So there's your tip, get on your bikes and ride! I never want to hear about this rollercoaster avoidance again.

*throughout the day, not all at once. I'm not Marilyn Monroe you guys.


Okay,Renee. I actually don't mind the new,smoother ones. I have a problem with the rickety,wooden coasters that look as trustworthy as the dudes who try to lure me over to play their deceitful carnie games.
You know you're getting older when you carefully read the sign at the ride entrance and breathe a sigh of relief when you find out you're disqualified. Where do I sign up for Meals on Wheels?


This kind of reminds me about when I realized that I was old.

I was at a packed, standing room-only concert. I looked around, and instead of experiencing my usual gleeful anticipation, I thought "Man, this place is a firetrap."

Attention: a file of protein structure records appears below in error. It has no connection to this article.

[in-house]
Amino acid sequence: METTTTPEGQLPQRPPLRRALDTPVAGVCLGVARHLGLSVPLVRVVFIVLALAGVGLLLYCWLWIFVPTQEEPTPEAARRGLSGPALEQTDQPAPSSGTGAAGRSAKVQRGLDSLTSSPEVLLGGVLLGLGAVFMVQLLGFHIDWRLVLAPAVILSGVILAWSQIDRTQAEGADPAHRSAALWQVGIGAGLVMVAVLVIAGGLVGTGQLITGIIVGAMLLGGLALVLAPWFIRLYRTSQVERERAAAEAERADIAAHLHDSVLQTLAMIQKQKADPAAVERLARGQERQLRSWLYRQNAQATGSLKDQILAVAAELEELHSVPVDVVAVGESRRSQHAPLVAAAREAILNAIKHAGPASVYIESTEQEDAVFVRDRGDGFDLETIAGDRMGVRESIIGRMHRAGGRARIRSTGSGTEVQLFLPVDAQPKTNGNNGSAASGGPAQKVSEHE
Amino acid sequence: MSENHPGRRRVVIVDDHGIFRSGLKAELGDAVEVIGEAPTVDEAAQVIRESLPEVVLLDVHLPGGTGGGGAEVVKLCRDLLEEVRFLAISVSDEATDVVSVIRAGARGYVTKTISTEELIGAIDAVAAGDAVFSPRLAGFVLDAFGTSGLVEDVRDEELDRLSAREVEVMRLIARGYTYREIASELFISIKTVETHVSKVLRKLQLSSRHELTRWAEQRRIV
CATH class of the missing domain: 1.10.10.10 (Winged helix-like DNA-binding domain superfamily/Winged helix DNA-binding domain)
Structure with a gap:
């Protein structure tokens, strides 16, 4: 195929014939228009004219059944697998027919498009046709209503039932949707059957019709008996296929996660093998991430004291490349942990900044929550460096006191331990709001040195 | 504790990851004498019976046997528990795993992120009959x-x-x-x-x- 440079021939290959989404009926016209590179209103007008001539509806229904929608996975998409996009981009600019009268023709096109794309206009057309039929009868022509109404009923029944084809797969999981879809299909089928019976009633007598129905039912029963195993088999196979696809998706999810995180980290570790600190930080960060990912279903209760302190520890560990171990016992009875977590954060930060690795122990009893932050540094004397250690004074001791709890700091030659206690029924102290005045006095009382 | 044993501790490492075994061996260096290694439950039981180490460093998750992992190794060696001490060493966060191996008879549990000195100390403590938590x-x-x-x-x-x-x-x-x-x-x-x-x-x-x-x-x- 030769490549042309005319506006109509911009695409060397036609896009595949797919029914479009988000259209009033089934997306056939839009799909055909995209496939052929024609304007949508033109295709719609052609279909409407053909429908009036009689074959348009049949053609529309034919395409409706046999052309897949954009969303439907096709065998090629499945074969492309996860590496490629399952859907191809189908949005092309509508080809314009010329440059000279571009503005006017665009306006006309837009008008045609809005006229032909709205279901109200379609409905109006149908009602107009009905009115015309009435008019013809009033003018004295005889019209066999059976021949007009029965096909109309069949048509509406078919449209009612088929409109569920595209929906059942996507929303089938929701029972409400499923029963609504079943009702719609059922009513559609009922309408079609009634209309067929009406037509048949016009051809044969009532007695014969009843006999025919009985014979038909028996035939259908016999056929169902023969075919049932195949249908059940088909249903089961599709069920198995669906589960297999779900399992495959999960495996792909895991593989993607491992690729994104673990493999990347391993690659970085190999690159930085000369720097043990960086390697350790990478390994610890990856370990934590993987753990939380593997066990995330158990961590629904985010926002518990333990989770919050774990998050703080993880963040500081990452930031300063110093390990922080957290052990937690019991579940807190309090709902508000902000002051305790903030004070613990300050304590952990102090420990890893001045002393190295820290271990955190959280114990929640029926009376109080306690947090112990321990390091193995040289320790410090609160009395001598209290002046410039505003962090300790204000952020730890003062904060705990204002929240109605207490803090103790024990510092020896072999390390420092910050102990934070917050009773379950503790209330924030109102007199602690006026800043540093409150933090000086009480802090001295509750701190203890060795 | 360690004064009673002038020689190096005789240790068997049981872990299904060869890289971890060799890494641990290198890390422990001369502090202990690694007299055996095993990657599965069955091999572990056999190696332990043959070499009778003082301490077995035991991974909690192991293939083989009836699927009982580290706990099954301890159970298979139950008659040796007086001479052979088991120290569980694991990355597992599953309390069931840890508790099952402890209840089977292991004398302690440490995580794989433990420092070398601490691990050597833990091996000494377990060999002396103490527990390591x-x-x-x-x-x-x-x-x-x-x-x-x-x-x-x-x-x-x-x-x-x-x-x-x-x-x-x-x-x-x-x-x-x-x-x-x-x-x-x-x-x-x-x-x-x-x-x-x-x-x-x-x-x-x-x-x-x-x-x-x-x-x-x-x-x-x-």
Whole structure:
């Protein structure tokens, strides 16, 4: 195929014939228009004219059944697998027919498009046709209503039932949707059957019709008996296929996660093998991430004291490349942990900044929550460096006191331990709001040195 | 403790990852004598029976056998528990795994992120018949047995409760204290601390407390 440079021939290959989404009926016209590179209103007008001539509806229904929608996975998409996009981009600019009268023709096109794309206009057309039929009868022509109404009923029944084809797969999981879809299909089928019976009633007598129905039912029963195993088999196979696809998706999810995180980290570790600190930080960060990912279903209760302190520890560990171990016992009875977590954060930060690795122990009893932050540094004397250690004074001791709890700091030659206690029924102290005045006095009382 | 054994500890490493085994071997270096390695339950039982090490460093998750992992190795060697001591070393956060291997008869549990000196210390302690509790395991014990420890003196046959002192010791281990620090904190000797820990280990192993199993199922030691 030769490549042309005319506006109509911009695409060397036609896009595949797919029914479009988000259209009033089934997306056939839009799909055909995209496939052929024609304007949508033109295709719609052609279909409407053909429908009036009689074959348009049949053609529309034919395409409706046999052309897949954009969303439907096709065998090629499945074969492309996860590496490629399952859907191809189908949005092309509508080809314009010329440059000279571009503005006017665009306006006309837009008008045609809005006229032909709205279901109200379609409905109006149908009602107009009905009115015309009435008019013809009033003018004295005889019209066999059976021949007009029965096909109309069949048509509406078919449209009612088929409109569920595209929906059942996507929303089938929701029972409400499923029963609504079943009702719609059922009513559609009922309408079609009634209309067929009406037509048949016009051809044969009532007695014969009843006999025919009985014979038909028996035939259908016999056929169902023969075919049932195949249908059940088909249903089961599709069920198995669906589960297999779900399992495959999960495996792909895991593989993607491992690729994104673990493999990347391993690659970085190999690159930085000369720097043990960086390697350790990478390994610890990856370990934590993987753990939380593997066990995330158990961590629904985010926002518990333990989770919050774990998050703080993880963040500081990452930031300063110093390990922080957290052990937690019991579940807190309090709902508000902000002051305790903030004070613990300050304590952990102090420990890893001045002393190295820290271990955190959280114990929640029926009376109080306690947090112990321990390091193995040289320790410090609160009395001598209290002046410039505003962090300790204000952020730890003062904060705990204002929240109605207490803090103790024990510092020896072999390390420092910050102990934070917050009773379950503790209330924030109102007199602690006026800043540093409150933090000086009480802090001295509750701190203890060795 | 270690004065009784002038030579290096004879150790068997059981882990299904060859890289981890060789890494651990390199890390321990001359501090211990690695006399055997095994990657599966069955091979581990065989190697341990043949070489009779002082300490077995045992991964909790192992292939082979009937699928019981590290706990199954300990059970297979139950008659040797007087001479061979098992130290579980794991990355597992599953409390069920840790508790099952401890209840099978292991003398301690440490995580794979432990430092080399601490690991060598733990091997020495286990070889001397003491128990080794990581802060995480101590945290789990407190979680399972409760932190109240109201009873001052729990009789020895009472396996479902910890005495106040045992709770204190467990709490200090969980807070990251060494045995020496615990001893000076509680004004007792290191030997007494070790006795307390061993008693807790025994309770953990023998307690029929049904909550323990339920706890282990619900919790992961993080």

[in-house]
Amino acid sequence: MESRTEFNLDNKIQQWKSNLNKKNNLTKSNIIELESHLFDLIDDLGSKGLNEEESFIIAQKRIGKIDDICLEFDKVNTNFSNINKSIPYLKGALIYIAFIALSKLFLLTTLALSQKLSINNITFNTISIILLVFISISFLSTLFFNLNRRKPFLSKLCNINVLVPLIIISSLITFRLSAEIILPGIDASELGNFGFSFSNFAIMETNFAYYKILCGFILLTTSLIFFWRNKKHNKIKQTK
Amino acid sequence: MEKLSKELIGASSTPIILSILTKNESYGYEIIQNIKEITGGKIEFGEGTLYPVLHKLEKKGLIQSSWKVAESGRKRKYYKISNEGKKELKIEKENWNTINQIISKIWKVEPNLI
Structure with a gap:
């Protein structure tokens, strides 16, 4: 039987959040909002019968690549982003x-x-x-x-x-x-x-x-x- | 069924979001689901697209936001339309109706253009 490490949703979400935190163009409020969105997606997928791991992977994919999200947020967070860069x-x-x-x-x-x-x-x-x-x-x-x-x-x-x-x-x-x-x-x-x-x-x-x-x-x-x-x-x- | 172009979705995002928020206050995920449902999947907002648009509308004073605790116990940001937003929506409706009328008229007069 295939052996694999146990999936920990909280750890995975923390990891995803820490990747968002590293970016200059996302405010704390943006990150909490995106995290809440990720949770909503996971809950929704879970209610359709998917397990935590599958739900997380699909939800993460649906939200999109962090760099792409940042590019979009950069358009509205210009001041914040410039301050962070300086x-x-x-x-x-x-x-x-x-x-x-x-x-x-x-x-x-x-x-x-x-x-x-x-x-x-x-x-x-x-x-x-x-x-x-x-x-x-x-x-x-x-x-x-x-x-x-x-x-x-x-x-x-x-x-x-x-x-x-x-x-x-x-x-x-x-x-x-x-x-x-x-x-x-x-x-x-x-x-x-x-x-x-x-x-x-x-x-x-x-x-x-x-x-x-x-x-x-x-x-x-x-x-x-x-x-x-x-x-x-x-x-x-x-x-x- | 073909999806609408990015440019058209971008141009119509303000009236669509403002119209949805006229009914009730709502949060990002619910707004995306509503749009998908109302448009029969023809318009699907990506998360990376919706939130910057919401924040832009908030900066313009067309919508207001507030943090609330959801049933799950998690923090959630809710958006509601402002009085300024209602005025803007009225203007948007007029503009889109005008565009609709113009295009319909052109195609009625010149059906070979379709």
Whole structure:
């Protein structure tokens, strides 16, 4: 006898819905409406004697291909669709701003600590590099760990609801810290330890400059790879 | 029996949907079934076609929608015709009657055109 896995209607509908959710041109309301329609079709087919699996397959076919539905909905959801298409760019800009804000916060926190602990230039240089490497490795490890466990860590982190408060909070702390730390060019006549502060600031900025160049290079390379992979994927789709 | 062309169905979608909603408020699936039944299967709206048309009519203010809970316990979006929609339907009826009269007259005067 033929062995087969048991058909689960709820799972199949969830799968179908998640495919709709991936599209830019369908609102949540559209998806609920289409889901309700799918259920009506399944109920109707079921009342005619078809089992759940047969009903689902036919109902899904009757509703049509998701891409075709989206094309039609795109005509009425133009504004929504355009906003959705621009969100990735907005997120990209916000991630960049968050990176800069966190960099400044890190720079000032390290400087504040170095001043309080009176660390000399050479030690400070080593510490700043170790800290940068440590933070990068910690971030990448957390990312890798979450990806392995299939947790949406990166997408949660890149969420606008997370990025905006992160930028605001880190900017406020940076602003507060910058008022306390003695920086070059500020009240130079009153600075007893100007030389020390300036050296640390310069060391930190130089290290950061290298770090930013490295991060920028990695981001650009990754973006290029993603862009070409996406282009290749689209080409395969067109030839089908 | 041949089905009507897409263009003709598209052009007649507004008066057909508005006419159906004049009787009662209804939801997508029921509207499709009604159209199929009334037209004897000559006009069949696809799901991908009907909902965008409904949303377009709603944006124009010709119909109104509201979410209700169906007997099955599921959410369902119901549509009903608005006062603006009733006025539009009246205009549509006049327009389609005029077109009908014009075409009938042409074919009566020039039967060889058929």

It was all downhill from there.

Andre aka thetokenpuertorican

I along with my wife are about to take our 2 daughters to Great America. Their ages 10 and 12, so we have been going for a little bit. I have noticed a change each year since starting to take them and an incredible change since going with my parents when I was younger.
It seems to me that the older you get the closer you want to stay to the ground. Odd because sooner than later we will all be in it. But we must remember - these are not our fathers amusement parks. When I was a kid the closest we came to extreme was going through 2 loops and a corkscrew. Now that couldn't get a rise out of any tween. No, now you must be strapped in upside down, then accelerated at 181 mph through a zillion loops pulling 10 g's, over some water and then stopped on a dime!!! Now that's a ride...forget it.